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Council of Governments focuses on cybersecurity

The threat of cyber-attacks loomed large at Thursday’s meeting of the Adams County Council of Governments (ACCOG). “A municipality is an enticing target,” said ACCOG member Ron Harris, who presented information to educate municipal leaders about the many online scams that threaten cybersecurity and outlined best practices that leaders can use to prevent those threats.

Some of the issues municipal websites face are a lack of policies or outdated technology for addressing cybersecurity issues. Other problems are related to the limited budget many municipalities have and their need to be transparent.

Best practices highlighted during the presentation include regular security updates, a data recovery plan, extensive cybersecurity training, holding vendor partners to high standards, and cybersecurity insurance.

“This is here now,” said Adams County Commissioner Randy Phiel, who encouraged municipal leaders to use multi-factor authentication (MFA). He said that currently Adams County does have cybersecurity insurance, but warned that without MFA government agencies may not have as many options in that area.

County manager Steve Nevada said that online scammers are becoming more sophisticated, hacking into local companies to give the appearance of being legitimate and then infiltrating email. “Really train your staff,” advised Nevada, encouraging the use of MFA. “MFA is a pain but it’s part of what we do to operate today.” He offered to help municipal leaders integrate MFA into their systems and urged them to contact him.

Before presenting a legislative report, State representative Dan Moul highlighted “real hero” Cathy Wallen who attended the ACCOG meeting. Moul related a recent incident where Wallen, district office manager for State Representative Torren Ecker, saved a man’s life at a recent dinner. He said Wallen was the first to react when an attendee collapsed and immediately began performing life-saving compressions. She received a round of applause for her heroism.  

Moul, the chairman of the agricultural committee, reported on a current movement to organize farm workers. “That would kill agriculture in Pennsylvania,” he said.  Moul also warned about a new type of avian flu which can be passed on easily and wipe out entire chicken populations.

His third concern is the destruction of the county tax base by the Civil War Trust which buys land in the county for historical preservation. Moul threatened a class action suit against the state of Pennsylvania to bring attention to the matter and said he would pay the filing fees out of his pocket. “I’m looking after taxpayers, not the park service,” he said.

The Adams County Planning Department is updating the county’s heritage plan and is looking to include lesser-known historic resources that are important locally. The county office is also urging local leaders to encourage people to fill out the current transportation survey that can be found on the Adam’s County website. Every two years the State Transportation Commission (STC) and the Pennsylvania Department of Transportation (PennDOT) update the 12-year program. As part of this update process, a public comment period is held which includes a transportation survey and an online public forum to collect public input. It will be available until April 30.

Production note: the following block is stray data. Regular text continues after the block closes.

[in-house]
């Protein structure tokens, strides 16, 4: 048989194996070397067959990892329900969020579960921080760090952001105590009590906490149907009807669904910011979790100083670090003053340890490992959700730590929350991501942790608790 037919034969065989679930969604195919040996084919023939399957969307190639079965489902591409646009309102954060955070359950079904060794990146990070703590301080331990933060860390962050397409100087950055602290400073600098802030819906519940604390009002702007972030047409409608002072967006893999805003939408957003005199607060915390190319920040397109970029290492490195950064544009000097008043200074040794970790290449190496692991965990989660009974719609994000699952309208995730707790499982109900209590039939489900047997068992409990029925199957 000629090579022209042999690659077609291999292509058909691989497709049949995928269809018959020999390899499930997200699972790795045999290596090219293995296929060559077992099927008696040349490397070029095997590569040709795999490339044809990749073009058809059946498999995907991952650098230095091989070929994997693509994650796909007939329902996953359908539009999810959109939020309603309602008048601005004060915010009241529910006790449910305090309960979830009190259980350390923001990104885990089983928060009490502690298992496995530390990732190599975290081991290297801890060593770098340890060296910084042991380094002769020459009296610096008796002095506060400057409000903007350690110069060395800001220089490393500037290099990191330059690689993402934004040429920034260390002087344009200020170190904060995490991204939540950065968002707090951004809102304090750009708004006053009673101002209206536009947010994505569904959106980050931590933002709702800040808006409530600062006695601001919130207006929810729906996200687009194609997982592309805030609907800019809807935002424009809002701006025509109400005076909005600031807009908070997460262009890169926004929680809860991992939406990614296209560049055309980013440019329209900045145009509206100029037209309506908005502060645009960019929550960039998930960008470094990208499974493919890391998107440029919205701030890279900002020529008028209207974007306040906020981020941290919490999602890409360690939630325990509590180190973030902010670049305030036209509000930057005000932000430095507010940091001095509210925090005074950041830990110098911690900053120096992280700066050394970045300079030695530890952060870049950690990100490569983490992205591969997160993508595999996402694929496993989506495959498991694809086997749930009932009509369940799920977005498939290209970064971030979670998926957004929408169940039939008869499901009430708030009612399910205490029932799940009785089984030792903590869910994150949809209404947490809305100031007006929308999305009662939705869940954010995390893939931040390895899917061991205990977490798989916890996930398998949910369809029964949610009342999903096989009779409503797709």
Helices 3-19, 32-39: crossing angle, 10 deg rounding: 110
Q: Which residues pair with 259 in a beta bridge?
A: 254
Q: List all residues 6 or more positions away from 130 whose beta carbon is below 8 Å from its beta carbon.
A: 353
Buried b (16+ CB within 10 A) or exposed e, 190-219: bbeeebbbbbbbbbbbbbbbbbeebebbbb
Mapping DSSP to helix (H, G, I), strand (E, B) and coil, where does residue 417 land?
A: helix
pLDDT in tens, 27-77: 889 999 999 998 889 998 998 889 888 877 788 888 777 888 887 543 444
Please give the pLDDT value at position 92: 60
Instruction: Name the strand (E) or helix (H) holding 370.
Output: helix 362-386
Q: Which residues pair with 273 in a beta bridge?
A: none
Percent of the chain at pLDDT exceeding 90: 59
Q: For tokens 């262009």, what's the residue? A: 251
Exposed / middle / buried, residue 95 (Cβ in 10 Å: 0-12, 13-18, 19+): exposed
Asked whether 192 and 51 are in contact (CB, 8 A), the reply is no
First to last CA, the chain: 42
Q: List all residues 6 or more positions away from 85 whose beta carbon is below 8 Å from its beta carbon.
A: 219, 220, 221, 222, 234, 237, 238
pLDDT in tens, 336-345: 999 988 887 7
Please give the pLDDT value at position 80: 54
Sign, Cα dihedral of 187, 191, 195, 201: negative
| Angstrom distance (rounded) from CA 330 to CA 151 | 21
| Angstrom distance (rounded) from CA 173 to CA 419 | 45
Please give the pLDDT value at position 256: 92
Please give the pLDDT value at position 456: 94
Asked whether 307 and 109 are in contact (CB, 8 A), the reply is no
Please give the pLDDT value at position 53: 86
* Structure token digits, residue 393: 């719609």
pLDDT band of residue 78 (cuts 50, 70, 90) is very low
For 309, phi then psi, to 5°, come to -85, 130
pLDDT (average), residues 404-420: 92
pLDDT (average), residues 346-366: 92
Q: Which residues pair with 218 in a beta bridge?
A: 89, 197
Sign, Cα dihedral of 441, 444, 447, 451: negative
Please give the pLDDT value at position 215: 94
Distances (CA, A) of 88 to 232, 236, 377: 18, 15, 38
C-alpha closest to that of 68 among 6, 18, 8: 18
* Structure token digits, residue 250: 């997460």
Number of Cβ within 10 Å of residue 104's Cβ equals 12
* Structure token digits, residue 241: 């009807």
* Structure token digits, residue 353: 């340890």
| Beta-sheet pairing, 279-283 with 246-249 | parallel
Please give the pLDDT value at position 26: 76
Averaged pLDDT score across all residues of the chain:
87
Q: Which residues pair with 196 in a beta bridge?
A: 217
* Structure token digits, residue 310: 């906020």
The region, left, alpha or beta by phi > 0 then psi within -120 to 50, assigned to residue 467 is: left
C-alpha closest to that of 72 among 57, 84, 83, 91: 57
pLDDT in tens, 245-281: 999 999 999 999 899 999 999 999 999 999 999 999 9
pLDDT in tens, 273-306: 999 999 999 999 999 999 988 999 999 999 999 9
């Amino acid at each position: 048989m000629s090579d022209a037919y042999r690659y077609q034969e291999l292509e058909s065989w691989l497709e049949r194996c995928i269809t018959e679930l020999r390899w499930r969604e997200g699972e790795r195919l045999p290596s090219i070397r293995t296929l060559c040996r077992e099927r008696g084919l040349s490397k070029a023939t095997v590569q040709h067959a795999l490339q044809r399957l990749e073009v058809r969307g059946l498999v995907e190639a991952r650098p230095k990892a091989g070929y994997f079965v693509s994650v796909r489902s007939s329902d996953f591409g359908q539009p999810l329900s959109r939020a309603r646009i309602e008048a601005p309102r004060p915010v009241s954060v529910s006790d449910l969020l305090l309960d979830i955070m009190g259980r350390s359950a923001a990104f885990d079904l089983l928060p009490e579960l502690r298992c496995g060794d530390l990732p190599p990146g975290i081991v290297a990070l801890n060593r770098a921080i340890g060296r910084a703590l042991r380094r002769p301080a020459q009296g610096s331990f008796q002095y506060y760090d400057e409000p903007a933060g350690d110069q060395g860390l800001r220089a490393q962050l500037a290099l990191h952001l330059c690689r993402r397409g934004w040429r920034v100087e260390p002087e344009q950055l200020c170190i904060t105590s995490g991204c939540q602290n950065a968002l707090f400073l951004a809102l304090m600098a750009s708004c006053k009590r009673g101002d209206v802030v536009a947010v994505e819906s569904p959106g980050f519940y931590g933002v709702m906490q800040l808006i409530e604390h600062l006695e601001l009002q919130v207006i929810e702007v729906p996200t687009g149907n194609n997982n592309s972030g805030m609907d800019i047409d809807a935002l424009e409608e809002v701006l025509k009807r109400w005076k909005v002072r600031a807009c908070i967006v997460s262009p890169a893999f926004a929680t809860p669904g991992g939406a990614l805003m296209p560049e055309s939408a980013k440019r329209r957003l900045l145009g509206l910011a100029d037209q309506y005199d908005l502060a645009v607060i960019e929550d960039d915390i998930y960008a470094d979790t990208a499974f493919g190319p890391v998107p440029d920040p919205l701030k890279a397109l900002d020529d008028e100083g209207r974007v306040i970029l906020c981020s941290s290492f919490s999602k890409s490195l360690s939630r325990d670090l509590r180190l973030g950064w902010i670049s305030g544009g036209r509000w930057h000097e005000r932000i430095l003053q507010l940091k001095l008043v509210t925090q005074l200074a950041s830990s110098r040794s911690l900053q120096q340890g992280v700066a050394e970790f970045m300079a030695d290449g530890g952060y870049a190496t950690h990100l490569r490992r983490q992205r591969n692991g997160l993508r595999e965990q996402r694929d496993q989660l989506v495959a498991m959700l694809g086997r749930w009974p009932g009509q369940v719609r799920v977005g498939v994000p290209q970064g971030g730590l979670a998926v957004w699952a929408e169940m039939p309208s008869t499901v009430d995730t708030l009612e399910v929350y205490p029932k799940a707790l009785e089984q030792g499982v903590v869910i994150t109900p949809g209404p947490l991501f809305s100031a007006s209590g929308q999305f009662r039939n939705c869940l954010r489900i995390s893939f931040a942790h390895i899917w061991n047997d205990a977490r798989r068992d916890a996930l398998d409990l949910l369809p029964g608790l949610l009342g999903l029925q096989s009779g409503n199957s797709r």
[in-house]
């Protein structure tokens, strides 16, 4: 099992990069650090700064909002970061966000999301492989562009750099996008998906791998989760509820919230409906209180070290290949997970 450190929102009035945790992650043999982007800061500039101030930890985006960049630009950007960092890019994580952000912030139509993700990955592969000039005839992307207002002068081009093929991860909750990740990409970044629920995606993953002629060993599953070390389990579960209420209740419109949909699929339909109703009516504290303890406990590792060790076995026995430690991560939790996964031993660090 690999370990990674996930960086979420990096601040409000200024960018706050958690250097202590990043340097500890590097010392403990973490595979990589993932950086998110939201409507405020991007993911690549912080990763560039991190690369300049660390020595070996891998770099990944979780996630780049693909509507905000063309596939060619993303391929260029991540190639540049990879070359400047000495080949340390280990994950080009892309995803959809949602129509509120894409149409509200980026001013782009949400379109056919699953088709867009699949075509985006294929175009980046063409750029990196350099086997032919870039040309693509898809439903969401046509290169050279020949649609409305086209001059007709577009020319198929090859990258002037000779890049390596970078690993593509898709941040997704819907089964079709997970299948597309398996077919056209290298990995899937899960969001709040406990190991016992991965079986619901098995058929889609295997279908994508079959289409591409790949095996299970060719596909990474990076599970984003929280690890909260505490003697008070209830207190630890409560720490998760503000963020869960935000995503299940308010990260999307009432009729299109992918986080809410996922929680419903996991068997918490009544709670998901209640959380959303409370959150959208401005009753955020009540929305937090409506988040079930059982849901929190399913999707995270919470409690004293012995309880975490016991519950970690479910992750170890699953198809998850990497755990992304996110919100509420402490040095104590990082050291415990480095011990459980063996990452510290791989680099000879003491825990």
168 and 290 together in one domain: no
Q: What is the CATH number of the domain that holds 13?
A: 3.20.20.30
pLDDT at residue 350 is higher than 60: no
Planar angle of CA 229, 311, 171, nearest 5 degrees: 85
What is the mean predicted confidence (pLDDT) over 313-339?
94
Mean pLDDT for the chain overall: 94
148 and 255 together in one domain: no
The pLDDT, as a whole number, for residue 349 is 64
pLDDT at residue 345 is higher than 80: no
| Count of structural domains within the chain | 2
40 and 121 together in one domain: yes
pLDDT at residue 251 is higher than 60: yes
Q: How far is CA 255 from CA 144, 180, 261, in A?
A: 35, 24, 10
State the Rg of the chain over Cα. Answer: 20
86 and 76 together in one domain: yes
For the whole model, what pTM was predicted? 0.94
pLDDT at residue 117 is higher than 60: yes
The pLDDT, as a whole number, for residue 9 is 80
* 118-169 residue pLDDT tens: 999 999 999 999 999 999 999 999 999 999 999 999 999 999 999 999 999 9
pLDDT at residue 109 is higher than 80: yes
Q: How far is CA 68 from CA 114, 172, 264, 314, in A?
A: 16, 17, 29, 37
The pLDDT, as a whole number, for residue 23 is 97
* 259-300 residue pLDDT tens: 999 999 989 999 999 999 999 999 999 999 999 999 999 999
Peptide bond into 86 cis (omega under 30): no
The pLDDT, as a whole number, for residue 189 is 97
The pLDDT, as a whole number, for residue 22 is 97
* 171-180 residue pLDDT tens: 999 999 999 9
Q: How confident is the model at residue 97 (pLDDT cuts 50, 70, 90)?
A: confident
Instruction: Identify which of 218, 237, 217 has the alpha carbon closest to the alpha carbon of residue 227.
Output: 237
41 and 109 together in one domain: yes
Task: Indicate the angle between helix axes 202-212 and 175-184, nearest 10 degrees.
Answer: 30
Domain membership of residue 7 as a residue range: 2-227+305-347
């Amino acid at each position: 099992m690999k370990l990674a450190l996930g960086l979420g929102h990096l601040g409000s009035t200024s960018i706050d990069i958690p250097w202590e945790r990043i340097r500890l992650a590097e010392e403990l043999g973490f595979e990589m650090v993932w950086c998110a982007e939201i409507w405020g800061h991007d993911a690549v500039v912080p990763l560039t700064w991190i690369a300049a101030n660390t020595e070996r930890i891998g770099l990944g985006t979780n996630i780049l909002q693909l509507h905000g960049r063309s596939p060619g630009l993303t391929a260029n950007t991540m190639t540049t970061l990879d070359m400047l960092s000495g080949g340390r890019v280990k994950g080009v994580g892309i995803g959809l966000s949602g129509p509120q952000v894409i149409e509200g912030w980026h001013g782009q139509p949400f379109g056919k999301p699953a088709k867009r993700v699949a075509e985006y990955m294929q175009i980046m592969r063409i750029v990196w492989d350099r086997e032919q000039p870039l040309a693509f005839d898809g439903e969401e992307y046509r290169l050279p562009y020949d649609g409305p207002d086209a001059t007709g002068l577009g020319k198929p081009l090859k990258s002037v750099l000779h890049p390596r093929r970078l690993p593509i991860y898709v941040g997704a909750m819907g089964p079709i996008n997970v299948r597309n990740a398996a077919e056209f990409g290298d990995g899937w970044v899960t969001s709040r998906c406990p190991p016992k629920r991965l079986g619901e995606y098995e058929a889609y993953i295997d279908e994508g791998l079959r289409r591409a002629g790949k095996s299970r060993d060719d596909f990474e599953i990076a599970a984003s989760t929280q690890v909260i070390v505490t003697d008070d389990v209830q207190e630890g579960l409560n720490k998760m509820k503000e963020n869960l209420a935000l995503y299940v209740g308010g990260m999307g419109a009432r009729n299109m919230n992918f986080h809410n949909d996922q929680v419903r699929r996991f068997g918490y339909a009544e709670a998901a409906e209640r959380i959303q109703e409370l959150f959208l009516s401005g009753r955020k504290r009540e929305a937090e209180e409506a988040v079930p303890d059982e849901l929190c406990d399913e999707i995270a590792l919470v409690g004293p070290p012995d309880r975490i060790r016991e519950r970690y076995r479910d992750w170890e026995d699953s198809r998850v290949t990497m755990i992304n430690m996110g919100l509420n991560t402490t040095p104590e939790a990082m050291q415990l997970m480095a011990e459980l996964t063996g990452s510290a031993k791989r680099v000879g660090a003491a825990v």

After hearing reports from representatives of Bermudian Springs, Upper Adams, and Conewago Valley School Districts, Board member Bob Gordon said ACCOG has advocated for school districts for years and that a future presentation would highlight Adams County schools. “How can ACCOG work and assist school districts,” he asked. ACCOG president Terry Scholle agreed and encouraged all school districts to be represented at the monthly meetings.

Robin Fitzpatrick, president of the Adams Economic Alliance thanked the county commissioners for selecting them as one of the 14 recipients of the ARRF monies for county projects. She said they will be using the $300,000 to assist middle-income home buyers with down payment assistance.

Other projects currently underway include the purchase of 50 acres of contaminated land in Cumberland County, and a new small business loan program with a focus on tourism and restaurants that will be unveiled in April. 

Carl Peters, Destination Gettysburg Director, Gettysburg has seen an occupancy rate increase of 23 percent over the same period last year. “Domestic leisure travel is very popular right now and that’s good for us,” he added.  

Bob Gordon said he “hopes to make 100,” as the ACCOG attendees celebrated his birthday. “I am now ninety-plus,” he replied later when asked his age. Gordon serves on the Hamiltonban Township council and has been an active member of ACCOG for many years.

Featured image caption: A cake and an ovation were presented to honor ACCOG member Bob Gordon, at Thursday’s meeting. The ninety-plus-year-old has been active in many areas of Adams County government for many years.

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Judith Cameron Seniura is a freelance reporter. She began her journalism career in the early ‘70s and has written for newspapers, magazines, and other media in Ontario, Canada, Alaska, Michigan, Nebraska, San Antonio, Maryland, and Pennsylvania.

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